Whether you’re stateside carrying a thick roll of hundreds or packing Euros a plenty across the pond, think twice about where you’ll be traveling and whether you’ll need to take your money out publically. In other words, you don’t want to be that tourist who’s constantly thumbing through a thick wad of bills right out in the open.
Pre-paid debit cards are becoming a more and more popular option for travelers for two reasons. First, it helps you set a budget and stick to it. If you only want to spend $100 per day, just get a card for each day of your trip, with an emergency credit card or cash kept somewhere safe, too. Also, pre-paid debit cards limit the amount of money that can be stolen from you. That said, there are a few details to keep in mind if you choose to go the route of pre-paid debit cards:
Americans alone spent nearly $40 billion on pre-paid debit cards last year alone. And these card’s capabilities continue to advance. For example, American Express’ reloadable card offers online account management capabilities, online statements and even one free ATM transaction per month. If you join the fray, just be sure to do your homework and select the card that will net you the most value.5
Sometimes crooks don’t need your travel wallet, mail or an RFID scanner to help themselves to your various accounts.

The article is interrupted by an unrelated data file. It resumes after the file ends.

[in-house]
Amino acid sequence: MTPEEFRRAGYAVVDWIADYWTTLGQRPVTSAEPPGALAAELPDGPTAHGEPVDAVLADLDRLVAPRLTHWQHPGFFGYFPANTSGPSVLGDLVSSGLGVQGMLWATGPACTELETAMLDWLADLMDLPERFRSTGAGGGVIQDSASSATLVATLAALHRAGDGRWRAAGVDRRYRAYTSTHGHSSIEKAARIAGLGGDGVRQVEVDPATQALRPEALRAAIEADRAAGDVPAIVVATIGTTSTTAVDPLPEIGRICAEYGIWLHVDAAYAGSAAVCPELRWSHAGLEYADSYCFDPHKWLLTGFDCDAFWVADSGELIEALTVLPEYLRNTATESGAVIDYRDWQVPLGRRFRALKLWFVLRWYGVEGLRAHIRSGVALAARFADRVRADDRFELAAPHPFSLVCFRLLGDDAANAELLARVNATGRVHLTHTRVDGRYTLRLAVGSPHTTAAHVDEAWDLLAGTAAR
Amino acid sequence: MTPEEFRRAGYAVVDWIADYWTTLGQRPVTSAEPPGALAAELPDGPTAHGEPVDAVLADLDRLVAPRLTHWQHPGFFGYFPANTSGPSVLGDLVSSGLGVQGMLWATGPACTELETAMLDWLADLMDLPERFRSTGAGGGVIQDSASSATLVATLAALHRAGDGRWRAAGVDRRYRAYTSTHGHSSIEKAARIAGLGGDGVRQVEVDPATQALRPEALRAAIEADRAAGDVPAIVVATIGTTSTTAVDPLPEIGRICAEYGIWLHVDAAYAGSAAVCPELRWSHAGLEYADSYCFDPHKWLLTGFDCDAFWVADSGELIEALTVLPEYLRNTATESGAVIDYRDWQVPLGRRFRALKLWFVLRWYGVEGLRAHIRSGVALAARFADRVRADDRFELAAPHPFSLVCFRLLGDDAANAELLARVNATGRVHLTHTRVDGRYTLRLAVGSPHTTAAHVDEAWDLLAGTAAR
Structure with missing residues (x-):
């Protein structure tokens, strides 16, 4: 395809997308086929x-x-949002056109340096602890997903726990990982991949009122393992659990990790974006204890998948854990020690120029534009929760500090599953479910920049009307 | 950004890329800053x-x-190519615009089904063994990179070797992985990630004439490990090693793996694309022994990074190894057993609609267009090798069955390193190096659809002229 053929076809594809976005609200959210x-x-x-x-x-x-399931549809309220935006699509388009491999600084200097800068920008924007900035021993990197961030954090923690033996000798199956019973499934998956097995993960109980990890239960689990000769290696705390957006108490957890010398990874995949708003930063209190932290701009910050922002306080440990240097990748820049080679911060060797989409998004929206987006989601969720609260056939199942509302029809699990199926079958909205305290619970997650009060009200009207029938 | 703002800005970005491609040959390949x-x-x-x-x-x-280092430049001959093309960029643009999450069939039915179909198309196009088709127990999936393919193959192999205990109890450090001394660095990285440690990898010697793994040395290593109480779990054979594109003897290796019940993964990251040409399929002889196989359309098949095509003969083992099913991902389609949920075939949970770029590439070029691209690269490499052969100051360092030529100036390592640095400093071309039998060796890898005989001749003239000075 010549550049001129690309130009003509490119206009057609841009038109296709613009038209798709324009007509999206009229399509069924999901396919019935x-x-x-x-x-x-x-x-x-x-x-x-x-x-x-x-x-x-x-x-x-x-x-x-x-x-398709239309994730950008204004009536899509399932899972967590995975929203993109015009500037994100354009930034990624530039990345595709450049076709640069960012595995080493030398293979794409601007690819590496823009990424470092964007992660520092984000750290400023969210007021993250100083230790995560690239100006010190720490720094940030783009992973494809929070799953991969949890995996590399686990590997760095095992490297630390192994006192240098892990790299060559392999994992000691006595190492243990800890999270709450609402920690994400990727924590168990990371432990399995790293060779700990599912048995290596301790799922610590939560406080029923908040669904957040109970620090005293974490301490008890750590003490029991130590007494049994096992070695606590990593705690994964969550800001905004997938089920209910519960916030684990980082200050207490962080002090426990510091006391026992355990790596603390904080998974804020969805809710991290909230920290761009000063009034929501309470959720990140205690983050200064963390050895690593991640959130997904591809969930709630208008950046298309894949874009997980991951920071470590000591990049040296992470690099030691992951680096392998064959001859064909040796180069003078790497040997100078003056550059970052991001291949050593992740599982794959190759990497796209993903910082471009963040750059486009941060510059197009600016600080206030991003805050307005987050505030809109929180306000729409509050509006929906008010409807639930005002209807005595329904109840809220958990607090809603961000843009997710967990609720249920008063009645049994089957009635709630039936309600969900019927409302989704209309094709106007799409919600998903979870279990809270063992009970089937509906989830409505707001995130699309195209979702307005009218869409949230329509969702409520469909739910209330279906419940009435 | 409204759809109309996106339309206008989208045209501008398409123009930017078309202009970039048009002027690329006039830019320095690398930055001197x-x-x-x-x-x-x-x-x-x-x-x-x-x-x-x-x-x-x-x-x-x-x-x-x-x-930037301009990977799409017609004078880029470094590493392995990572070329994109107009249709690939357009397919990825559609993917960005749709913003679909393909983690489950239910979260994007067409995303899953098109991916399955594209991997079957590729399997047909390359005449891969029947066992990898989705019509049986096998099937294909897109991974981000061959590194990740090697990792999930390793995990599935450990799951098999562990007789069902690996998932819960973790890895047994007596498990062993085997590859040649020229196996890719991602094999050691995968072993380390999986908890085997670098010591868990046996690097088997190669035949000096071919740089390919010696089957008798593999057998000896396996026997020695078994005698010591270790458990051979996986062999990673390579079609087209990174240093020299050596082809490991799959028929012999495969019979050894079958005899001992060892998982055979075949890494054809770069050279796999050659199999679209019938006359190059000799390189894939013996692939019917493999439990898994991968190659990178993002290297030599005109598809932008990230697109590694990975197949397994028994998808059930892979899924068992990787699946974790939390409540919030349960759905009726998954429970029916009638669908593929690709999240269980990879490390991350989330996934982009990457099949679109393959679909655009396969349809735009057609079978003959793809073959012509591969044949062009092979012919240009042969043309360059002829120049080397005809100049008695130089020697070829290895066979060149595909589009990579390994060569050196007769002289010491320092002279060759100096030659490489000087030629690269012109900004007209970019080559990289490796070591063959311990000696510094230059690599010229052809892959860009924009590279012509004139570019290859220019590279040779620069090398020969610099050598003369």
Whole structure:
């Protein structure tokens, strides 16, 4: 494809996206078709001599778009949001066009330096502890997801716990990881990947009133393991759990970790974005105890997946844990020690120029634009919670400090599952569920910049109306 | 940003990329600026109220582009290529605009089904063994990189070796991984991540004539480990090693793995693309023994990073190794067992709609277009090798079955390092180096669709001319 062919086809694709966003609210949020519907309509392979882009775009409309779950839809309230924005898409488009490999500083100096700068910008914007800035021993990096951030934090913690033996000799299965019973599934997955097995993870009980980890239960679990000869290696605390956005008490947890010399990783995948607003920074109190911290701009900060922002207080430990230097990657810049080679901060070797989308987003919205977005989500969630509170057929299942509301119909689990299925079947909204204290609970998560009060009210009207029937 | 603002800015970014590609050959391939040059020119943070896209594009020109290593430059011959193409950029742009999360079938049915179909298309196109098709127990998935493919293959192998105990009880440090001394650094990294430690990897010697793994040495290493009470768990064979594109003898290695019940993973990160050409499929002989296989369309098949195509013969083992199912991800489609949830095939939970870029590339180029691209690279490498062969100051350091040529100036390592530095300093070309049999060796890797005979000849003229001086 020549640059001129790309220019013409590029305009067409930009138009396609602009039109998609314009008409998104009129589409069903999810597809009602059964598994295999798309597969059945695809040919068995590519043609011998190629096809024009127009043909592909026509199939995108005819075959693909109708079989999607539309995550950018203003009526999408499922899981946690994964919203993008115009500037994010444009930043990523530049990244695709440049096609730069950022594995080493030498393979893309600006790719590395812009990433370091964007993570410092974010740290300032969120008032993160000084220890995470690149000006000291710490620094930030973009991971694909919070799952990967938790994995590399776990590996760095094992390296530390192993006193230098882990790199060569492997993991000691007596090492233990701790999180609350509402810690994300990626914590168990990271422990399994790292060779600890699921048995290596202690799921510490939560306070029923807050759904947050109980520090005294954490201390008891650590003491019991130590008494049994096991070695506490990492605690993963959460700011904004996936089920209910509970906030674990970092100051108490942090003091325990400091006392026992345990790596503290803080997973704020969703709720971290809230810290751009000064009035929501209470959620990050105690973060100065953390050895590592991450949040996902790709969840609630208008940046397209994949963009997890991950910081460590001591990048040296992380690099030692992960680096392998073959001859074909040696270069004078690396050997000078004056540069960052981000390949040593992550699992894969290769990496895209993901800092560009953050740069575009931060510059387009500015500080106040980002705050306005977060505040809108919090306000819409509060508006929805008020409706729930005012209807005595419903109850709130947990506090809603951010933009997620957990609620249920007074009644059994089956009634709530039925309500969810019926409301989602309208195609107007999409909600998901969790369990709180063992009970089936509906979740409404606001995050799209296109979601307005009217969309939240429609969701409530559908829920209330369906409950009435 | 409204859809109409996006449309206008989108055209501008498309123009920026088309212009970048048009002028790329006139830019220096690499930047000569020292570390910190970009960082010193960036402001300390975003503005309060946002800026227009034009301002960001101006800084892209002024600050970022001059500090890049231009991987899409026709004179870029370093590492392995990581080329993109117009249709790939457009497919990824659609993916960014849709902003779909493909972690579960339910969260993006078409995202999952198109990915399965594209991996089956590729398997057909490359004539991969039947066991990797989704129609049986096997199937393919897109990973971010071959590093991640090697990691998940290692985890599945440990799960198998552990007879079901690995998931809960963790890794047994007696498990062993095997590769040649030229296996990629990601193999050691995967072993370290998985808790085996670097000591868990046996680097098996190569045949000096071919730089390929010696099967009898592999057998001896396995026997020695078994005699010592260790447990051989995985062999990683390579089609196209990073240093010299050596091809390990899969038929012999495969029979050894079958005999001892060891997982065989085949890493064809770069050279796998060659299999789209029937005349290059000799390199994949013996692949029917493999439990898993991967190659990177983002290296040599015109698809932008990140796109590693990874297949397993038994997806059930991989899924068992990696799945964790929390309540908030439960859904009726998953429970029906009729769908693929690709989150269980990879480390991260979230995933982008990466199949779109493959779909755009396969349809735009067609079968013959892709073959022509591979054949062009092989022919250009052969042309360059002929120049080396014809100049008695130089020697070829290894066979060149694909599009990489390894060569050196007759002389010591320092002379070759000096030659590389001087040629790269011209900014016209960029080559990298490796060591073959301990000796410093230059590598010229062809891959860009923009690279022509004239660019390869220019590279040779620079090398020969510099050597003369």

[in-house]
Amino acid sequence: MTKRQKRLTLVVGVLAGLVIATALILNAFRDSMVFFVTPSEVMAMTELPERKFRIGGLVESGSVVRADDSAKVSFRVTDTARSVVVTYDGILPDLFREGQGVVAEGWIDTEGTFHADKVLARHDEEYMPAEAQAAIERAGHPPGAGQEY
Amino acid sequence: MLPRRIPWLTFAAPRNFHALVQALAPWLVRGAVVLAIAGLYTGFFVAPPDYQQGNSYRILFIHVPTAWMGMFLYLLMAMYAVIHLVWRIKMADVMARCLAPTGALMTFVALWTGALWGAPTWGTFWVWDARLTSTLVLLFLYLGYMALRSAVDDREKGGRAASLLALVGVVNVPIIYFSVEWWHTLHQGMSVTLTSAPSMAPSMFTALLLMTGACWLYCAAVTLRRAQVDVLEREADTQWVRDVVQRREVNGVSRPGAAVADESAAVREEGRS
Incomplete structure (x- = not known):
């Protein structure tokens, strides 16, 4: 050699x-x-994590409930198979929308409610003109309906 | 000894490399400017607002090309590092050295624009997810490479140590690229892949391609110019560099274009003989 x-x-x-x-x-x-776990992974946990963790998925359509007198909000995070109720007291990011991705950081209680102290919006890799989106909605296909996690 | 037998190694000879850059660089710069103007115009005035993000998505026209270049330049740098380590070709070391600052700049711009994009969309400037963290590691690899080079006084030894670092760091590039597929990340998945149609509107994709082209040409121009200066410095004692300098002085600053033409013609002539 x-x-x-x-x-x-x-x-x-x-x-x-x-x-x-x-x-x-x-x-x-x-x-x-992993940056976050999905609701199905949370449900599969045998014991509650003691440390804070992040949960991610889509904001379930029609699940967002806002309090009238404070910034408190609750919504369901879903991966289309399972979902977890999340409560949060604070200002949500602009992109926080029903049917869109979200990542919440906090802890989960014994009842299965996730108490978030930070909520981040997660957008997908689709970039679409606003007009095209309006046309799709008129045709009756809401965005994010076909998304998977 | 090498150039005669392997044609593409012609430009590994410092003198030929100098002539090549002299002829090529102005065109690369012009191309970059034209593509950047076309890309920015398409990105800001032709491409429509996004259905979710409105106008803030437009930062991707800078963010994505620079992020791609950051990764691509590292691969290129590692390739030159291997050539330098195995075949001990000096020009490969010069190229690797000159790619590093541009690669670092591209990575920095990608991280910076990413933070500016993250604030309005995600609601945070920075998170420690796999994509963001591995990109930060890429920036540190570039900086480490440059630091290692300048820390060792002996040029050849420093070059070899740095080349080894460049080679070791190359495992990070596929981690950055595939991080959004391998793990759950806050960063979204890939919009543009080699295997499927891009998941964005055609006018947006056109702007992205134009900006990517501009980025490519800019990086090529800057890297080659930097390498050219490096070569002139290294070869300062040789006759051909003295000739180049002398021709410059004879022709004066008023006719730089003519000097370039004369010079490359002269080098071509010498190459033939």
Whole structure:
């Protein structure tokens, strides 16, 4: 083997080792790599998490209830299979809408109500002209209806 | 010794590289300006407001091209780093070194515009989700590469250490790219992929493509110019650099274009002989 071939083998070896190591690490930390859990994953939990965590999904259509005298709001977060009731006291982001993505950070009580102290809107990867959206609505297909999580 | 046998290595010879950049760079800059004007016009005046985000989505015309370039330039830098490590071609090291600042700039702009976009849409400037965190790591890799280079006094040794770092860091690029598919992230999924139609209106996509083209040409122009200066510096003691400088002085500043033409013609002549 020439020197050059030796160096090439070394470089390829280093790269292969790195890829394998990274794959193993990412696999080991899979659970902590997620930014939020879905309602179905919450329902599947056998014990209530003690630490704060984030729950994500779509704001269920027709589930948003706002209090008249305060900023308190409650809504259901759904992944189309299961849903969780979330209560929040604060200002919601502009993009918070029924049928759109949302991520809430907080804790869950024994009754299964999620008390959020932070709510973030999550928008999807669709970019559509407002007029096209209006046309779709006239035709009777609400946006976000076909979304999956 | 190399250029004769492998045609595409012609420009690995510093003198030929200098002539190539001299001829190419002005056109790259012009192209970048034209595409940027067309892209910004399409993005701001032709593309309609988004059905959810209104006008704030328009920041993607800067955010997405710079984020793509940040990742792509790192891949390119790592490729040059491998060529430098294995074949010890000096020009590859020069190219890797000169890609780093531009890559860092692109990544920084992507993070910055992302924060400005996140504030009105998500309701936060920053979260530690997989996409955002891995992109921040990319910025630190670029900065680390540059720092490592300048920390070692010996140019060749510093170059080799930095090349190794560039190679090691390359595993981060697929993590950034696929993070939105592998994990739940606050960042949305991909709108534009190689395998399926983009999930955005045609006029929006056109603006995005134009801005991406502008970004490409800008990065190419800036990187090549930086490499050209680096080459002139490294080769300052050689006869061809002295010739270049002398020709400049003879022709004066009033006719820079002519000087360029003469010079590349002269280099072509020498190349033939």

With laptops and tablets consuming travelers’ attention these days, it’s easy enough to find a strategic spot to sit and watch folks unwittingly access their bank accounts and other sensitive data. One way to create a privacy fence between you and criminals is to get a privacy filter for your screen. Ranging from about $50 to $100, and coming in all the colors and sizes you could ever want, these filters only allow people to read a screen if they’re staring at it dead on.6
Unfortunately, you can’t apply such filters to ATM screens. But you can choose safe locations to draw money, preferably indoors at banks and other credible institutions. Be aware of your surroundings. If someone is infringing on your personal space or you simply get an uneasy feeling, cancel your transaction and walk away.
When it comes to your smart phone, consider adding a security code before travelling if you don’t have one. This will allow you to turn off and lock your screen after a pre-determined amount of time. There are also a number of apps that allow you to remotely message, lock or even erase the contents of your phone if it’s lost or stolen.
Similarly, be careful which Wi-Fi networks you trust. If you need to send an email and see a random, open network, think twice before trusting it. Even hotel, airport and other free hotspots should be approached cautiously. Ensure all your data will be erased at the end of your session before typing in anything that can be used to compromise your identity.
Lastly, practice responsible social media posting. Just because you and your travel wallet are safe and sound abroad doesn’t mean you need to broadcast it out, potentially alerting others that your home is unoccupied and ripe for the picking. Wait until you get home to share vacation photos over Facebook and Twitter.
Unless you’re traveling for business, you’re rarely going to arrive home with more money in your pocket than when you left. That said, by adhering to some simple tips and evolving your defenses to match those looking to take advantage of you, it’s possible to enjoy your getaway without sweating who else may be spending your money.